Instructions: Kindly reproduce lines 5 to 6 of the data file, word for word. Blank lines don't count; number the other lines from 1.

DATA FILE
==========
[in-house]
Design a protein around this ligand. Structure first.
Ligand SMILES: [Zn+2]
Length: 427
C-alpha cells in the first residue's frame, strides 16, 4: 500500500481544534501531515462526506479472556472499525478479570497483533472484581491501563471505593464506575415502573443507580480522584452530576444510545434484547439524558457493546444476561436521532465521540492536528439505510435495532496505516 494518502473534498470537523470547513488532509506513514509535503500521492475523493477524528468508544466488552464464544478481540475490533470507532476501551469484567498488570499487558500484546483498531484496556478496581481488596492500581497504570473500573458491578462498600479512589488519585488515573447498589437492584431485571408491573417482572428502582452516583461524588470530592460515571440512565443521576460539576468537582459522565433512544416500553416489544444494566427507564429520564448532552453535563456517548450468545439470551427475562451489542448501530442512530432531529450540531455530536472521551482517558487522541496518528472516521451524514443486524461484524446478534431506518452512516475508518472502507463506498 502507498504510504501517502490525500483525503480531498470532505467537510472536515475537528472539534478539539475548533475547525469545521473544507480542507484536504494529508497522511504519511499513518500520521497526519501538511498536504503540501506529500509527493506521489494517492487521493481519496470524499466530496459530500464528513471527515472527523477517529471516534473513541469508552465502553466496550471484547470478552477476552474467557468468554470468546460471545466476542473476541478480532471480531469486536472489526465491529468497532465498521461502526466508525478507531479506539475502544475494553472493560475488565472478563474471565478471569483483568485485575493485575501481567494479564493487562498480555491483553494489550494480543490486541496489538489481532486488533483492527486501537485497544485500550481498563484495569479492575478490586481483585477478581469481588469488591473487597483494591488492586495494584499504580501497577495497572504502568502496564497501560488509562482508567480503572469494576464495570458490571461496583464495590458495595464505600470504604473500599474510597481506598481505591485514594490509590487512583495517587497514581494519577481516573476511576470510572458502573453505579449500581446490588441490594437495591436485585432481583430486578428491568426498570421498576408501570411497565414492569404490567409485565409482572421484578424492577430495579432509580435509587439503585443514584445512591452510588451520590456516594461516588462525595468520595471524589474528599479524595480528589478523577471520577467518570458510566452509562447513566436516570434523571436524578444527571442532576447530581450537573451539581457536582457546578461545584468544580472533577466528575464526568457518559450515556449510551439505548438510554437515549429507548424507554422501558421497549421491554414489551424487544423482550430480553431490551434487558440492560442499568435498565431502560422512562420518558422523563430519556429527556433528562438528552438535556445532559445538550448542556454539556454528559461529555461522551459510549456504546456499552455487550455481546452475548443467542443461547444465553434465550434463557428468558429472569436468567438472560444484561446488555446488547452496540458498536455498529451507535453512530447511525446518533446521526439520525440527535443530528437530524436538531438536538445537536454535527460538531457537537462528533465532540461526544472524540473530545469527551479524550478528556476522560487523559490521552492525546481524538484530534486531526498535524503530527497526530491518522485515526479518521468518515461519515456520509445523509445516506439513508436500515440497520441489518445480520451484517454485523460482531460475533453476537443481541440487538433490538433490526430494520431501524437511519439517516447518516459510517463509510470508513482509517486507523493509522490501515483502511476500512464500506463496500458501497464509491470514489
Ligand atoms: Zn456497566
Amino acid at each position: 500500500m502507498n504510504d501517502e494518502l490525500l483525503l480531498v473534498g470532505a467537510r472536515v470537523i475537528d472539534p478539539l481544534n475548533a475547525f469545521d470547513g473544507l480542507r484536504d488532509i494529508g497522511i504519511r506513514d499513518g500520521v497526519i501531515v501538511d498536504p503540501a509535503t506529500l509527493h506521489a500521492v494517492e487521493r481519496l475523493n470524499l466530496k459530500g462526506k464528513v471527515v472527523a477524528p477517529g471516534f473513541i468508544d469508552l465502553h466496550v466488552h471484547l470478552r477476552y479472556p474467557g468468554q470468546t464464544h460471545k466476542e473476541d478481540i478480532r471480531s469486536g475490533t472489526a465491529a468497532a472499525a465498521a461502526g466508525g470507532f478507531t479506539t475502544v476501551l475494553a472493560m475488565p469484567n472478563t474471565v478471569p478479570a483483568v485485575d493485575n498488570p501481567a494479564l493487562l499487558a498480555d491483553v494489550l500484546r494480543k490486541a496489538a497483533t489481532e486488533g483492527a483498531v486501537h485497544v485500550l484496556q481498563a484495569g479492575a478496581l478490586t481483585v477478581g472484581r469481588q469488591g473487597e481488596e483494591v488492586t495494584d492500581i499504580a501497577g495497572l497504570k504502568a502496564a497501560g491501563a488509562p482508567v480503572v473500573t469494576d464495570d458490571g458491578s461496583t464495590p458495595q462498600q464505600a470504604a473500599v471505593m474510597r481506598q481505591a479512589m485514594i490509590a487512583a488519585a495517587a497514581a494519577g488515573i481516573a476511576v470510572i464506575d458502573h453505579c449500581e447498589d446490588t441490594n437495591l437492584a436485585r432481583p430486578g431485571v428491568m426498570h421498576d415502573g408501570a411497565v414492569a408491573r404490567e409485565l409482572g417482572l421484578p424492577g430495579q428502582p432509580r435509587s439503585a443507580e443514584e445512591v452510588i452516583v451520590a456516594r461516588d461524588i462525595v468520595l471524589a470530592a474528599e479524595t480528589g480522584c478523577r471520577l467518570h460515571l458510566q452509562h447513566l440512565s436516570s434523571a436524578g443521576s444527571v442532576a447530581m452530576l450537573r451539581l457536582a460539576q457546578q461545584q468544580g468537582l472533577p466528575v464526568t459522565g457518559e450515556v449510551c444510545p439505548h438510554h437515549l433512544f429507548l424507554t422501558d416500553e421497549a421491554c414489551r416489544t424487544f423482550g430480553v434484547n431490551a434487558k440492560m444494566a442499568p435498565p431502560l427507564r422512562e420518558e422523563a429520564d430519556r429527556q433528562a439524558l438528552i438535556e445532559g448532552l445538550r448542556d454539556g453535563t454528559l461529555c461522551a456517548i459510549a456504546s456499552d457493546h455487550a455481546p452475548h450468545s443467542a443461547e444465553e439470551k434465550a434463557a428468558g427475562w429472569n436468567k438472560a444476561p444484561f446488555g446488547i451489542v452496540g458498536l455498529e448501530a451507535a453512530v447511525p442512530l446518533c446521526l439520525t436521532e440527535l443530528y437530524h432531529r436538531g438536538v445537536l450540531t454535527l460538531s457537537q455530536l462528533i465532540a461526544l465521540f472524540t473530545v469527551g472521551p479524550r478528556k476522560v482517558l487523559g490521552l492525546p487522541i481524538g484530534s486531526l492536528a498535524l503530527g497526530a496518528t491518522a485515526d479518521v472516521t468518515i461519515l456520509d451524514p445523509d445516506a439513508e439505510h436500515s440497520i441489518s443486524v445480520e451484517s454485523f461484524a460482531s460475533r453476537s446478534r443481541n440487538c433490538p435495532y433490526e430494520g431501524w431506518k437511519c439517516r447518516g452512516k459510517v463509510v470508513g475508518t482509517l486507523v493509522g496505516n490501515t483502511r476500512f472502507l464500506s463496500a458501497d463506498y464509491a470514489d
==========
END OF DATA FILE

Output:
C-alpha cells in the first residue's frame, strides 16, 4: 500500500481544534501531515462526506479472556472499525478479570497483533472484581491501563471505593464506575415502573443507580480522584452530576444510545434484547439524558457493546444476561436521532465521540492536528439505510435495532496505516 494518502473534498470537523470547513488532509506513514509535503500521492475523493477524528468508544466488552464464544478481540475490533470507532476501551469484567498488570499487558500484546483498531484496556478496581481488596492500581497504570473500573458491578462498600479512589488519585488515573447498589437492584431485571408491573417482572428502582452516583461524588470530592460515571440512565443521576460539576468537582459522565433512544416500553416489544444494566427507564429520564448532552453535563456517548450468545439470551427475562451489542448501530442512530432531529450540531455530536472521551482517558487522541496518528472516521451524514443486524461484524446478534431506518452512516475508518472502507463506498 502507498504510504501517502490525500483525503480531498470532505467537510472536515475537528472539534478539539475548533475547525469545521473544507480542507484536504494529508497522511504519511499513518500520521497526519501538511498536504503540501506529500509527493506521489494517492487521493481519496470524499466530496459530500464528513471527515472527523477517529471516534473513541469508552465502553466496550471484547470478552477476552474467557468468554470468546460471545466476542473476541478480532471480531469486536472489526465491529468497532465498521461502526466508525478507531479506539475502544475494553472493560475488565472478563474471565478471569483483568485485575493485575501481567494479564493487562498480555491483553494489550494480543490486541496489538489481532486488533483492527486501537485497544485500550481498563484495569479492575478490586481483585477478581469481588469488591473487597483494591488492586495494584499504580501497577495497572504502568502496564497501560488509562482508567480503572469494576464495570458490571461496583464495590458495595464505600470504604473500599474510597481506598481505591485514594490509590487512583495517587497514581494519577481516573476511576470510572458502573453505579449500581446490588441490594437495591436485585432481583430486578428491568426498570421498576408501570411497565414492569404490567409485565409482572421484578424492577430495579432509580435509587439503585443514584445512591452510588451520590456516594461516588462525595468520595471524589474528599479524595480528589478523577471520577467518570458510566452509562447513566436516570434523571436524578444527571442532576447530581450537573451539581457536582457546578461545584468544580472533577466528575464526568457518559450515556449510551439505548438510554437515549429507548424507554422501558421497549421491554414489551424487544423482550430480553431490551434487558440492560442499568435498565431502560422512562420518558422523563430519556429527556433528562438528552438535556445532559445538550448542556454539556454528559461529555461522551459510549456504546456499552455487550455481546452475548443467542443461547444465553434465550434463557428468558429472569436468567438472560444484561446488555446488547452496540458498536455498529451507535453512530447511525446518533446521526439520525440527535443530528437530524436538531438536538445537536454535527460538531457537537462528533465532540461526544472524540473530545469527551479524550478528556476522560487523559490521552492525546481524538484530534486531526498535524503530527497526530491518522485515526479518521468518515461519515456520509445523509445516506439513508436500515440497520441489518445480520451484517454485523460482531460475533453476537443481541440487538433490538433490526430494520431501524437511519439517516447518516459510517463509510470508513482509517486507523493509522490501515483502511476500512464500506463496500458501497464509491470514489
Ligand atoms: Zn456497566